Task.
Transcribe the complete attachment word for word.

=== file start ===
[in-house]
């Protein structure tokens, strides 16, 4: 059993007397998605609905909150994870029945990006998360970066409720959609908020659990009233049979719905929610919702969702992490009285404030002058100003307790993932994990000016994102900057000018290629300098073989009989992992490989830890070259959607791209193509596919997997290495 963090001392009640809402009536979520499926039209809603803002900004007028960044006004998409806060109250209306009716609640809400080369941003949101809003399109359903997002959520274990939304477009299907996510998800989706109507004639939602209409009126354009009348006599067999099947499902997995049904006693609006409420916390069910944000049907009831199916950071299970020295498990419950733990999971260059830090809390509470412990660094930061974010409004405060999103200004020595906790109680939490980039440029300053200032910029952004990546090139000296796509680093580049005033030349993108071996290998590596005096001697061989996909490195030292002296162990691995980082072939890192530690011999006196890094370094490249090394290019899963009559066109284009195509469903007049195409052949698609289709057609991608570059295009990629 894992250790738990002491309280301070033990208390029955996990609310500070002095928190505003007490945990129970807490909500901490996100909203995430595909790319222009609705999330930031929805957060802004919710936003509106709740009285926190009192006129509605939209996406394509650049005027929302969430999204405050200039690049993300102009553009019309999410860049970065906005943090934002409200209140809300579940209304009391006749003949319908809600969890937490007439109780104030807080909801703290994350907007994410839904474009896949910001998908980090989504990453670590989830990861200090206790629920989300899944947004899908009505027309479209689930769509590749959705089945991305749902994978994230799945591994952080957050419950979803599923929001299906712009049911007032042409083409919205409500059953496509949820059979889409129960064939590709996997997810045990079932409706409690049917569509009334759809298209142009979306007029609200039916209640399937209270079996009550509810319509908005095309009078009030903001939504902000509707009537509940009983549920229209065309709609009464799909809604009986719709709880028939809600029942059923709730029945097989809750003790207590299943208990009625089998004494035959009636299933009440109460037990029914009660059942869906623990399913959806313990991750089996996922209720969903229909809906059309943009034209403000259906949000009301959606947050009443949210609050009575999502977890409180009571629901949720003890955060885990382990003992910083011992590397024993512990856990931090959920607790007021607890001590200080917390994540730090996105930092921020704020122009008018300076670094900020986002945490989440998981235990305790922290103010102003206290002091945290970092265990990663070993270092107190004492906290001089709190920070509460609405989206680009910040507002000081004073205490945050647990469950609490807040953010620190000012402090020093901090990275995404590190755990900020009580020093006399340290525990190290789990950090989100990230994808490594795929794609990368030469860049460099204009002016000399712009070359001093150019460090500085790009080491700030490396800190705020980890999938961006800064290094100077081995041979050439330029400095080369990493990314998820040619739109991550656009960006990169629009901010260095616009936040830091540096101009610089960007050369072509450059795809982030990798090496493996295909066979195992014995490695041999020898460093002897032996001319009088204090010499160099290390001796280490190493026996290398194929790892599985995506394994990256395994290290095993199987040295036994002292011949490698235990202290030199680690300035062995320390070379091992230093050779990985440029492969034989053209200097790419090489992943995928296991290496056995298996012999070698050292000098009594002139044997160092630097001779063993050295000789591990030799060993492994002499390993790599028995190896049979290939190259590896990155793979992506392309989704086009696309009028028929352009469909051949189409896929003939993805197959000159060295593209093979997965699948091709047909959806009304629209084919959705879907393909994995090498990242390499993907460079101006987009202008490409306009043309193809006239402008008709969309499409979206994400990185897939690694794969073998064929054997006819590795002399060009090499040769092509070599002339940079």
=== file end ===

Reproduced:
[in-house]
């Protein structure tokens, strides 16, 4: 059993007397998605609905909150994870029945990006998360970066409720959609908020659990009233049979719905929610919702969702992490009285404030002058100003307790993932994990000016994102900057000018290629300098073989009989992992490989830890070259959607791209193509596919997997290495 963090001392009640809402009536979520499926039209809603803002900004007028960044006004998409806060109250209306009716609640809400080369941003949101809003399109359903997002959520274990939304477009299907996510998800989706109507004639939602209409009126354009009348006599067999099947499902997995049904006693609006409420916390069910944000049907009831199916950071299970020295498990419950733990999971260059830090809390509470412990660094930061974010409004405060999103200004020595906790109680939490980039440029300053200032910029952004990546090139000296796509680093580049005033030349993108071996290998590596005096001697061989996909490195030292002296162990691995980082072939890192530690011999006196890094370094490249090394290019899963009559066109284009195509469903007049195409052949698609289709057609991608570059295009990629 894992250790738990002491309280301070033990208390029955996990609310500070002095928190505003007490945990129970807490909500901490996100909203995430595909790319222009609705999330930031929805957060802004919710936003509106709740009285926190009192006129509605939209996406394509650049005027929302969430999204405050200039690049993300102009553009019309999410860049970065906005943090934002409200209140809300579940209304009391006749003949319908809600969890937490007439109780104030807080909801703290994350907007994410839904474009896949910001998908980090989504990453670590989830990861200090206790629920989300899944947004899908009505027309479209689930769509590749959705089945991305749902994978994230799945591994952080957050419950979803599923929001299906712009049911007032042409083409919205409500059953496509949820059979889409129960064939590709996997997810045990079932409706409690049917569509009334759809298209142009979306007029609200039916209640399937209270079996009550509810319509908005095309009078009030903001939504902000509707009537509940009983549920229209065309709609009464799909809604009986719709709880028939809600029942059923709730029945097989809750003790207590299943208990009625089998004494035959009636299933009440109460037990029914009660059942869906623990399913959806313990991750089996996922209720969903229909809906059309943009034209403000259906949000009301959606947050009443949210609050009575999502977890409180009571629901949720003890955060885990382990003992910083011992590397024993512990856990931090959920607790007021607890001590200080917390994540730090996105930092921020704020122009008018300076670094900020986002945490989440998981235990305790922290103010102003206290002091945290970092265990990663070993270092107190004492906290001089709190920070509460609405989206680009910040507002000081004073205490945050647990469950609490807040953010620190000012402090020093901090990275995404590190755990900020009580020093006399340290525990190290789990950090989100990230994808490594795929794609990368030469860049460099204009002016000399712009070359001093150019460090500085790009080491700030490396800190705020980890999938961006800064290094100077081995041979050439330029400095080369990493990314998820040619739109991550656009960006990169629009901010260095616009936040830091540096101009610089960007050369072509450059795809982030990798090496493996295909066979195992014995490695041999020898460093002897032996001319009088204090010499160099290390001796280490190493026996290398194929790892599985995506394994990256395994290290095993199987040295036994002292011949490698235990202290030199680690300035062995320390070379091992230093050779990985440029492969034989053209200097790419090489992943995928296991290496056995298996012999070698050292000098009594002139044997160092630097001779063993050295000789591990030799060993492994002499390993790599028995190896049979290939190259590896990155793979992506392309989704086009696309009028028929352009469909051949189409896929003939993805197959000159060295593209093979997965699948091709047909959806009304629209084919959705879907393909994995090498990242390499993907460079101006987009202008490409306009043309193809006239402008008709969309499409979206994400990185897939690694794969073998064929054997006819590795002399060009090499040769092509070599002339940079």